Months after the bombshell sexual harassment lawsuit was filed against Activision Blizzard by the State of California, the company’s chief compliance officer Fran Townsend has said in a staff email that over 20 individuals have “exited,” while more than 20 other individuals have faced “other types of disciplinary action.” This information was first revealed in an interview with the Financial Times.
In the interview, Townsend didn’t name any of the individuals who have left, nor did she clarify whether they were fired, asked to leave, or departed willingly. These departures come following “an increase in reports” over recent months at Activision Blizzard, with some employees reporting concerns and incidents from years ago to the present day.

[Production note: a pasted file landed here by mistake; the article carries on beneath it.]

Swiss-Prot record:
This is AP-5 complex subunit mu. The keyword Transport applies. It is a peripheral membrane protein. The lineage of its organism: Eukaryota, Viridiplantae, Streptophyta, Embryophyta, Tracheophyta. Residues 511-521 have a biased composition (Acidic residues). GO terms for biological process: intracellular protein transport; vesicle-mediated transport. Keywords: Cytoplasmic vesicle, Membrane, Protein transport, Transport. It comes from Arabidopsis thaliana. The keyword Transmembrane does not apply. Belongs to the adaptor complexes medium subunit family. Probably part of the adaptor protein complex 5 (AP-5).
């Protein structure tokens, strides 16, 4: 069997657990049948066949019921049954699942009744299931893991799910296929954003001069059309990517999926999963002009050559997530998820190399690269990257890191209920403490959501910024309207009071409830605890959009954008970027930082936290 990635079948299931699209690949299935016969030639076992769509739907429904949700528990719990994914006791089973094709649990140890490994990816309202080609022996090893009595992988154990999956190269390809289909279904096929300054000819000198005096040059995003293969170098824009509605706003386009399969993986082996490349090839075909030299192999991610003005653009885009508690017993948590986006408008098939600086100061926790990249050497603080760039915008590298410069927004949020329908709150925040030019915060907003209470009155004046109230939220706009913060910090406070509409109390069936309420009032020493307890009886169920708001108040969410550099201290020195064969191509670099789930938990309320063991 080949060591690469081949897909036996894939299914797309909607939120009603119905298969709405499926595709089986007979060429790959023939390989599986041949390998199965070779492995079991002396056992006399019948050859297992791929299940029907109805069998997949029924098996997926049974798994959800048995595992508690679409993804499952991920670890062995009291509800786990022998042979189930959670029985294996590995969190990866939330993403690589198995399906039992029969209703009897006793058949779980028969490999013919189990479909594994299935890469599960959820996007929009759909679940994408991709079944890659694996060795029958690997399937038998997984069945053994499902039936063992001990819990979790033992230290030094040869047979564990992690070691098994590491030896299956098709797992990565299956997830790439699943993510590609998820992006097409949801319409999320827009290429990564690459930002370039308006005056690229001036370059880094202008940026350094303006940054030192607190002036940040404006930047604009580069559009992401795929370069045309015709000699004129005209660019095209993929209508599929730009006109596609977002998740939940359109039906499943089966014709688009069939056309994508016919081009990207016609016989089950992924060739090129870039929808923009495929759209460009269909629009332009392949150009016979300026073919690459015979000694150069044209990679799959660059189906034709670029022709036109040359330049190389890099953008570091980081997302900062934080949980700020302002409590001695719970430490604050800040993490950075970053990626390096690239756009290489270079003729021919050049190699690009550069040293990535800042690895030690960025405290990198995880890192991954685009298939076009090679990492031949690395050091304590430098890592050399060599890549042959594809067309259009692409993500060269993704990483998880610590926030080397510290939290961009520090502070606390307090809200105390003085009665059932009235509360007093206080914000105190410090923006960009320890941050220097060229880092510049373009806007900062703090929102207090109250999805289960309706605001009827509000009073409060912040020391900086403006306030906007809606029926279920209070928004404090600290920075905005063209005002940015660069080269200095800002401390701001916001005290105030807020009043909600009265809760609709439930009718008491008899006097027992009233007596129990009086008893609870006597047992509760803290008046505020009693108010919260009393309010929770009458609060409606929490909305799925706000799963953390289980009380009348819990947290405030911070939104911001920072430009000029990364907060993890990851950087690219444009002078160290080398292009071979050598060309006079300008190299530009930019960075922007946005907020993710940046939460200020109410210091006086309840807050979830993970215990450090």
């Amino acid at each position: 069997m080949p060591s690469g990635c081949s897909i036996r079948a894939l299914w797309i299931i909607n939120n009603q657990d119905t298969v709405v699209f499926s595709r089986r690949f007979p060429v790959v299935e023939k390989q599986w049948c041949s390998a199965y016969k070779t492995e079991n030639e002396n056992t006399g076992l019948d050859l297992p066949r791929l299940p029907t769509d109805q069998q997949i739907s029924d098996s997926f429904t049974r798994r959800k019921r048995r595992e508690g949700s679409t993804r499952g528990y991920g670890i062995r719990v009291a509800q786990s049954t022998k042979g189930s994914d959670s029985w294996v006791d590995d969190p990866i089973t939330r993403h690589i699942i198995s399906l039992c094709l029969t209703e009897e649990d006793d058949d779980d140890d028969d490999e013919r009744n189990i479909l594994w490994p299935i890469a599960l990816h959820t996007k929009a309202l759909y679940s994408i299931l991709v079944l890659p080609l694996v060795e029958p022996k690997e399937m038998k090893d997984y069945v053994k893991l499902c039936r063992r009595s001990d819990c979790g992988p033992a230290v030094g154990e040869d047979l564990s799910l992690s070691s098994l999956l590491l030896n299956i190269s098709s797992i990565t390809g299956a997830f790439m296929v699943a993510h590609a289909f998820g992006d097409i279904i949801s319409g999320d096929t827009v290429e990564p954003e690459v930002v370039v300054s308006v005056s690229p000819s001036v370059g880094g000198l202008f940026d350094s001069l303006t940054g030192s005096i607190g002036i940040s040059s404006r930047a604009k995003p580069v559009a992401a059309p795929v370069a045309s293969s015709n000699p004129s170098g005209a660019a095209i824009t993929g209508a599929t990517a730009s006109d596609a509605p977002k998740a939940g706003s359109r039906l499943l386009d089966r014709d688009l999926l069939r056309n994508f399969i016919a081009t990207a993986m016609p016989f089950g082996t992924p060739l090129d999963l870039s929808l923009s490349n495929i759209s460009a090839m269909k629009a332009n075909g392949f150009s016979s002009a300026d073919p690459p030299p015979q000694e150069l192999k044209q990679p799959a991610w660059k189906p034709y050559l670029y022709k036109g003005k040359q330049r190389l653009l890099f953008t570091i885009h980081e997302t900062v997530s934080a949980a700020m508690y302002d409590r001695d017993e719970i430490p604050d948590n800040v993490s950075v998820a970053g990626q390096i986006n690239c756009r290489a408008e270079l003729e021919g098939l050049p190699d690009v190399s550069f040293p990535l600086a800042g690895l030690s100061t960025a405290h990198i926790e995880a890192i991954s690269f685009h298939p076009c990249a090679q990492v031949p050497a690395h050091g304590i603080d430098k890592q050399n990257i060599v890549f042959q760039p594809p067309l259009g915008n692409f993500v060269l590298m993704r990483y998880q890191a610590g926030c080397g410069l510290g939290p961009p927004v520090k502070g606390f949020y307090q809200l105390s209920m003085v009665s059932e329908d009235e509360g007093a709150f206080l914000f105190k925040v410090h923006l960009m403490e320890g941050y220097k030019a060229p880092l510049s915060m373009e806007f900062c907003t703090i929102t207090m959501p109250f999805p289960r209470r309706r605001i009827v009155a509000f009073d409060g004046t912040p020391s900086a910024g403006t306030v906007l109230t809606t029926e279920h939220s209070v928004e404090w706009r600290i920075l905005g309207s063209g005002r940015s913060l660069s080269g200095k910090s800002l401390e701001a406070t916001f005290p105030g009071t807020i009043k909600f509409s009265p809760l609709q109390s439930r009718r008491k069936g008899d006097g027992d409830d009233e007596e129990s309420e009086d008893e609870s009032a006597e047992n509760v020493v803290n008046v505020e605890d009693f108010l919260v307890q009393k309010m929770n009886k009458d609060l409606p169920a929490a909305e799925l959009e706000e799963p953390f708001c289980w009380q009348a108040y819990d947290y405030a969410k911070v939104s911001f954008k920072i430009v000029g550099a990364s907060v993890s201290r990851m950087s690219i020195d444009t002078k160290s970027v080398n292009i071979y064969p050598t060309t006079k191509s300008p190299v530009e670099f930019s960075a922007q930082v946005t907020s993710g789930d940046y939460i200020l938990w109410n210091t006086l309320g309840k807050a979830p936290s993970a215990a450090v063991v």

All this became public news in July when the California Department of Fair Employment and Housing filed a lawsuit against Activision Blizzard for fostering an environment of sexual harassment, discrimination, and retaliation over the years. Townsend herself became involved in the controversy after first downplaying and dismissing the lawsuit, calling it “meritless and irresponsible” and the claims in it “false and distorted” in a company email.
The lawsuit and the initial reaction by Townsend and Activision Blizzard led to a company-wide employee walkout, massive internal changes, an investor-led class-action lawsuit, and several other companies dropping or re-assessing their sponsorships of the Overwatch and Call of Duty League.
In the most recent email sent by Townsend, she also relayed that the team is “tripling” their investment into training resources, hiring 19 full-time employees to the ethics and compliance team, and encouraging other employees with incidents and concerns to report by promising as much transparency “as the investigative process allows.”